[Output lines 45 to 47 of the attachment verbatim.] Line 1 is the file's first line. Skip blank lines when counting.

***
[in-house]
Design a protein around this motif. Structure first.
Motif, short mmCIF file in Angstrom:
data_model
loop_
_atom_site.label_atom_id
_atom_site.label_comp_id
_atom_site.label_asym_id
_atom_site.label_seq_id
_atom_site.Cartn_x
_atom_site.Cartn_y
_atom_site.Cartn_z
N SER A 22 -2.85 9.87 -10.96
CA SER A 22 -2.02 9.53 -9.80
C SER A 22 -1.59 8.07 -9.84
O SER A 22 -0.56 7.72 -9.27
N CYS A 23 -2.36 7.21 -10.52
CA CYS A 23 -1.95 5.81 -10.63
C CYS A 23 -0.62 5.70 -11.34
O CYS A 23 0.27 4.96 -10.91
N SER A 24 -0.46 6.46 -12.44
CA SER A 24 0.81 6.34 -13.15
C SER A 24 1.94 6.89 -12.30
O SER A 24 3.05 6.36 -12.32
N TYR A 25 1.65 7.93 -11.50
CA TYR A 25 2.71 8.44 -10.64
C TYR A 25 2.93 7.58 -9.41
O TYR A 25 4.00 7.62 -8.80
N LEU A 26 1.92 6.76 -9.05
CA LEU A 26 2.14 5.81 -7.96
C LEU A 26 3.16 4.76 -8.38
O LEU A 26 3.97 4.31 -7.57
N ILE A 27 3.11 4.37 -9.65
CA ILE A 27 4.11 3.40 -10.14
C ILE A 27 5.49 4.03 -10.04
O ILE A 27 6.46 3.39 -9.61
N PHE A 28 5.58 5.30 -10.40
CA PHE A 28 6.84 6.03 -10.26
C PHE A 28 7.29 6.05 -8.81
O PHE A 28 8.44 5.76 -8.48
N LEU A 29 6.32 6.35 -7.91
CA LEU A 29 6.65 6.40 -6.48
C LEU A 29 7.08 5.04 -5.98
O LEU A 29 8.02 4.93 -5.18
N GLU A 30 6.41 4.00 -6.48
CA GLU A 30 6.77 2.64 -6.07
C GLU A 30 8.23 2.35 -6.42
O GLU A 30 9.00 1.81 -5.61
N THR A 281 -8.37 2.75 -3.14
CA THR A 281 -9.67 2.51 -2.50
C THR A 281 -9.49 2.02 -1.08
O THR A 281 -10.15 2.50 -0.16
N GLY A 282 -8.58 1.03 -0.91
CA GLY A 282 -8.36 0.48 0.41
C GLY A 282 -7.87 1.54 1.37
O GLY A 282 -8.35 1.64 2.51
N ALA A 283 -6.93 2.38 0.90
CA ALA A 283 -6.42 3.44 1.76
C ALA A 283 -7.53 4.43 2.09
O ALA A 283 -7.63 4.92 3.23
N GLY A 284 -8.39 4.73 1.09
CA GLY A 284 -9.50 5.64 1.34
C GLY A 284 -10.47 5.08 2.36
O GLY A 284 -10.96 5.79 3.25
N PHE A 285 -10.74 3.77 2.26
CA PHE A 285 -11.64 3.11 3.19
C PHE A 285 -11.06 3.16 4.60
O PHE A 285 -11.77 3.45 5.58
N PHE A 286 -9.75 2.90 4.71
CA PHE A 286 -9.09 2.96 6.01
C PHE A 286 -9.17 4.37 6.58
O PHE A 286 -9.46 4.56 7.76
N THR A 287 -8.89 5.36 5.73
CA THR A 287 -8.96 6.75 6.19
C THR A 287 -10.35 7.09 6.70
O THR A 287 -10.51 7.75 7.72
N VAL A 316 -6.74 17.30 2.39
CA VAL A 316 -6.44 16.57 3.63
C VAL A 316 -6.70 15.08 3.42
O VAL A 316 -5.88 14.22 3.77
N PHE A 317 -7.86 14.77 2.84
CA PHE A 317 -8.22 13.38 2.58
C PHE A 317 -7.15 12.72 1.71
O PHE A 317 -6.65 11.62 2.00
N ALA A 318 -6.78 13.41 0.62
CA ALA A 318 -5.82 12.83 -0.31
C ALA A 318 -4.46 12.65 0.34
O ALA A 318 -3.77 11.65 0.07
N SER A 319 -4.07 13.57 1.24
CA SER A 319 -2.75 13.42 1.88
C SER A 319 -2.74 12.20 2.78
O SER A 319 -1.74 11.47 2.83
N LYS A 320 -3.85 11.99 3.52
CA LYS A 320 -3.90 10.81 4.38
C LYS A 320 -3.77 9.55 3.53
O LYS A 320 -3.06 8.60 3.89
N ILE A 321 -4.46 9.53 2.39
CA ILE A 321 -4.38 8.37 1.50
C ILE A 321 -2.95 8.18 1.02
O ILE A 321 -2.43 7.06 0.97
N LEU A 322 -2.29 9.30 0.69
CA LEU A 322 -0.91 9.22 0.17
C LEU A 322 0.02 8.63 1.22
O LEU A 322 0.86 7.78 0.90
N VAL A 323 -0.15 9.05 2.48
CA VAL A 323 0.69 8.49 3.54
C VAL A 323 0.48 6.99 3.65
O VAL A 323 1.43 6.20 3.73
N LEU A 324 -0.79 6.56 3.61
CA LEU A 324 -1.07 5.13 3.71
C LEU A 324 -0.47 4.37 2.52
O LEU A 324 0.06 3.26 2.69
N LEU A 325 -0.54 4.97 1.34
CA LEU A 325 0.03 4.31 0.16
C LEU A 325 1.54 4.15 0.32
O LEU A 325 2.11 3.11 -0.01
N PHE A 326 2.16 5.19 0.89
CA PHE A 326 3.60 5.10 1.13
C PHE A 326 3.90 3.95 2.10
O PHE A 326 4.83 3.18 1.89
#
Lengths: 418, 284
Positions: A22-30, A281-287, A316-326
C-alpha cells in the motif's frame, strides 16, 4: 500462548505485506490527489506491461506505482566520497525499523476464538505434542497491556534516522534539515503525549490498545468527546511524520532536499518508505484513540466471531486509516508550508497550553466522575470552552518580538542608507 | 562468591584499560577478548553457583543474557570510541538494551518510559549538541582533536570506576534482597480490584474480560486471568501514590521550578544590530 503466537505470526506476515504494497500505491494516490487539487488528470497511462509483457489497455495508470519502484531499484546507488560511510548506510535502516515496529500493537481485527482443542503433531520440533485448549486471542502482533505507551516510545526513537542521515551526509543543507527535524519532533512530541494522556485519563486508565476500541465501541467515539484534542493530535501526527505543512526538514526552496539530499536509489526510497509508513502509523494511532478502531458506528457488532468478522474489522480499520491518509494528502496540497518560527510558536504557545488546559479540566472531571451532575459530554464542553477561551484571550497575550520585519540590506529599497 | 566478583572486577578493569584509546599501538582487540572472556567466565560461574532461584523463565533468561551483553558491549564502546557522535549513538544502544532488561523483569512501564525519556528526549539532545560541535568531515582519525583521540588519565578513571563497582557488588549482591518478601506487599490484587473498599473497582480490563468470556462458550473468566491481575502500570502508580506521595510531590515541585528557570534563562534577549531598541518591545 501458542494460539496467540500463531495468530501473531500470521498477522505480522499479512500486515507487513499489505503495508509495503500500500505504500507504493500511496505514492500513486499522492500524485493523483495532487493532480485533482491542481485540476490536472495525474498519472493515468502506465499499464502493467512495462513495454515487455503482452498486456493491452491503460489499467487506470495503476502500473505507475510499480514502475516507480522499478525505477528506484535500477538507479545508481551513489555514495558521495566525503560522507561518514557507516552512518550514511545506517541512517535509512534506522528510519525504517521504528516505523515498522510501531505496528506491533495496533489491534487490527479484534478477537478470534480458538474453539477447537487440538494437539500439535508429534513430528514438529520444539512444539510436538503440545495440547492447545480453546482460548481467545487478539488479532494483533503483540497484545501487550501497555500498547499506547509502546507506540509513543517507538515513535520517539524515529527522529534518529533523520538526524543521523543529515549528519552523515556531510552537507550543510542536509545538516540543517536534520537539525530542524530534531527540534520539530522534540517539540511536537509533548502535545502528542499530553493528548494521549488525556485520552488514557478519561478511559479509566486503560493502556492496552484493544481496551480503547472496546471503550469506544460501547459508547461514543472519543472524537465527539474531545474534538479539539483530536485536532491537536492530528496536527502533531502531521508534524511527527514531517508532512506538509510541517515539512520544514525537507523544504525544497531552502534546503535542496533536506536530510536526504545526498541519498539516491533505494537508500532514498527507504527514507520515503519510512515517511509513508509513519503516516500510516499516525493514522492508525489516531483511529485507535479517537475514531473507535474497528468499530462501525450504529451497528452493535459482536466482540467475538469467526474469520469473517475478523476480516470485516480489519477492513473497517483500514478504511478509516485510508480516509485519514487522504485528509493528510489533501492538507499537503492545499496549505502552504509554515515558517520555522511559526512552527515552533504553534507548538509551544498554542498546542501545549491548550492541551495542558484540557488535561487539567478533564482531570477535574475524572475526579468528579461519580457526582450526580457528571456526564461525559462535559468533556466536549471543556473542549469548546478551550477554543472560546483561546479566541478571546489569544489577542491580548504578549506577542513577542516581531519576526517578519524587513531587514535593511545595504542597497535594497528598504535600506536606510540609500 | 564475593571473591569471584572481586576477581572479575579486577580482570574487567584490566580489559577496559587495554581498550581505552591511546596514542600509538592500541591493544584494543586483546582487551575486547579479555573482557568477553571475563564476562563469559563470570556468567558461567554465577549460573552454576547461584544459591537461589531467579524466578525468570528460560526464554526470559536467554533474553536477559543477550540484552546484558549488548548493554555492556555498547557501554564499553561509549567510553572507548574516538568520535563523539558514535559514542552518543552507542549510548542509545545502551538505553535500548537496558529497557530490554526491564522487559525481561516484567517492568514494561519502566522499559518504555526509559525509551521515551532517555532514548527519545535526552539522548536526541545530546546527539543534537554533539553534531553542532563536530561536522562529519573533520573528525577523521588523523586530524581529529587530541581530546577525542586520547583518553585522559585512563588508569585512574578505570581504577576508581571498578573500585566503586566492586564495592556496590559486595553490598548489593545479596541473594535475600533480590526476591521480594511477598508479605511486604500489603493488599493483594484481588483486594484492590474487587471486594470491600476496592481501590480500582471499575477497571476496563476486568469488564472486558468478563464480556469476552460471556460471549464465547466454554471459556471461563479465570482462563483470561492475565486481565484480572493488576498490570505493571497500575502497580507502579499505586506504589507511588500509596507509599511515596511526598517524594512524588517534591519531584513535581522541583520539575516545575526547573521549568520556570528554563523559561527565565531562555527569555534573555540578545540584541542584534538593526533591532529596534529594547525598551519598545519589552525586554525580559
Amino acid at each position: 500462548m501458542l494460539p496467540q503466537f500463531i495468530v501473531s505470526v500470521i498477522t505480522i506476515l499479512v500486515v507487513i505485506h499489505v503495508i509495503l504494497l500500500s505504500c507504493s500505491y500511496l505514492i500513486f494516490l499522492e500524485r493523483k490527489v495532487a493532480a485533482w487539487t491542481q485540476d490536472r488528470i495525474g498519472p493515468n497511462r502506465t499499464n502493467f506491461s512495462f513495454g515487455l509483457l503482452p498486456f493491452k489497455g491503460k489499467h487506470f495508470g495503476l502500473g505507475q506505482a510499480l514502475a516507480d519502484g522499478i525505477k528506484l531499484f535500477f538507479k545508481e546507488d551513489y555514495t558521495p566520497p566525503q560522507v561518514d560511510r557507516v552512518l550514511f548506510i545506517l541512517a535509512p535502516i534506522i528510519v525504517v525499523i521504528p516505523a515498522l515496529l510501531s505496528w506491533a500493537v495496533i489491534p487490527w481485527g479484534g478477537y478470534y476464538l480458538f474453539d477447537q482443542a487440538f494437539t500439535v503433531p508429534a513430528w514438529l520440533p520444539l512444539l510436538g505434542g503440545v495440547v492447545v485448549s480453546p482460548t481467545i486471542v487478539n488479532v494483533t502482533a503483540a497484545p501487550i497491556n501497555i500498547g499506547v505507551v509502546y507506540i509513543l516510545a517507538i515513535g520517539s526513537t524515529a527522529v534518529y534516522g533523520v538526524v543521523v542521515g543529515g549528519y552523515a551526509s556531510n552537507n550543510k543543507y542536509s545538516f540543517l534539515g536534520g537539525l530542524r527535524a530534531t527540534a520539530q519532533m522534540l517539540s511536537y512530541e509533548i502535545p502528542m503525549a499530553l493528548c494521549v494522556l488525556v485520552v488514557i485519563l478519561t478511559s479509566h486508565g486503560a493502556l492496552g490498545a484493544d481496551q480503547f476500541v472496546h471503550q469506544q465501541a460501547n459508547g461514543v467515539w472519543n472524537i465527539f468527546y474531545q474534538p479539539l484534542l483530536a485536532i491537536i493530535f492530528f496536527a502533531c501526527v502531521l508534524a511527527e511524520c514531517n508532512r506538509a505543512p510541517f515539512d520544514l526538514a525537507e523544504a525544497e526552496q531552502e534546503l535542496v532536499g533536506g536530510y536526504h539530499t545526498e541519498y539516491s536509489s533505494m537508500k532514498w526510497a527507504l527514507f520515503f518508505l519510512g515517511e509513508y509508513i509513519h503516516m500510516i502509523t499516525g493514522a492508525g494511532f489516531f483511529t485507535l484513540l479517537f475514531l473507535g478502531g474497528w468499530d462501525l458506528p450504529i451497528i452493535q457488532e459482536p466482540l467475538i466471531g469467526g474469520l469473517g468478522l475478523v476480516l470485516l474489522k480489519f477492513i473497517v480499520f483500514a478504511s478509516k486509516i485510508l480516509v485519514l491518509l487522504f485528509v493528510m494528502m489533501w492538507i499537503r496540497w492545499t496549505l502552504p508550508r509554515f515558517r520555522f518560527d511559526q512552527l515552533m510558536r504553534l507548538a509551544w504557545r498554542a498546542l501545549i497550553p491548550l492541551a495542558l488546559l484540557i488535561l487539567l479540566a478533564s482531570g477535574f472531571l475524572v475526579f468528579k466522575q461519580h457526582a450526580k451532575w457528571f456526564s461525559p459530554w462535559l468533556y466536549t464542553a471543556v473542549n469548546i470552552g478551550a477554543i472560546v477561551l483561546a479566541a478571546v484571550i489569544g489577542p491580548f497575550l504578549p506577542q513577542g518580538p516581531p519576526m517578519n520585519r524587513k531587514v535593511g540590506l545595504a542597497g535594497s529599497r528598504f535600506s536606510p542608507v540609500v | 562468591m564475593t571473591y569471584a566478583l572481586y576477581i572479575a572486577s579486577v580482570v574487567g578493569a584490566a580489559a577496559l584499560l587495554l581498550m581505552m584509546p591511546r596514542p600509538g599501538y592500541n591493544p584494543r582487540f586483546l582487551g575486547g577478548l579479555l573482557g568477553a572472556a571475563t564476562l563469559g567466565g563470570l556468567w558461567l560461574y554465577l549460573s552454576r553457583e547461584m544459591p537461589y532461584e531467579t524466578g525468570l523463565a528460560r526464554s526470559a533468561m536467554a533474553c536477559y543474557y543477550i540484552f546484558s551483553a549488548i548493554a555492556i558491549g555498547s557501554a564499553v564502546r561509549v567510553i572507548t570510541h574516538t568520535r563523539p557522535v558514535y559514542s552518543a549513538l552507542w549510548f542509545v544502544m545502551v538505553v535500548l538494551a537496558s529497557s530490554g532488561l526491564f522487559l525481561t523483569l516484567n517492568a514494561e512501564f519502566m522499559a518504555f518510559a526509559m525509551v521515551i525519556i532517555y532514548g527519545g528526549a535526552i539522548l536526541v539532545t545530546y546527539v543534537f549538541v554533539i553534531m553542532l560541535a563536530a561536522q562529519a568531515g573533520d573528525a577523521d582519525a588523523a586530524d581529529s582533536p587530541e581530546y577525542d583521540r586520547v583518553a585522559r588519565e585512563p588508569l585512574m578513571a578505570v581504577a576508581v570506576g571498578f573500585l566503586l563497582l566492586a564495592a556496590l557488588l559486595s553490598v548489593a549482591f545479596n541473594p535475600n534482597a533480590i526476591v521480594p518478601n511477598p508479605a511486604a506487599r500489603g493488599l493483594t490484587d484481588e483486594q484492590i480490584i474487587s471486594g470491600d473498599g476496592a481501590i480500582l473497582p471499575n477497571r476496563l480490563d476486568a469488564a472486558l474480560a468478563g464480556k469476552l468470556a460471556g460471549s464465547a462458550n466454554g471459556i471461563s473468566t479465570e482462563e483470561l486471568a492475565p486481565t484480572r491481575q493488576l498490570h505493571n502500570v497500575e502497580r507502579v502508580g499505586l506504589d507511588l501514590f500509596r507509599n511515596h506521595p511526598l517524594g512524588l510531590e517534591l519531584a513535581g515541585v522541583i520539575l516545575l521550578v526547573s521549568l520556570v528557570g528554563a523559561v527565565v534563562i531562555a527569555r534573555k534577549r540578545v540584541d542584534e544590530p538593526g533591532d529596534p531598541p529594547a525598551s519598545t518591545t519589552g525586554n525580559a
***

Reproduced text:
N GLU A 30 6.41 4.00 -6.48
CA GLU A 30 6.77 2.64 -6.07
C GLU A 30 8.23 2.35 -6.42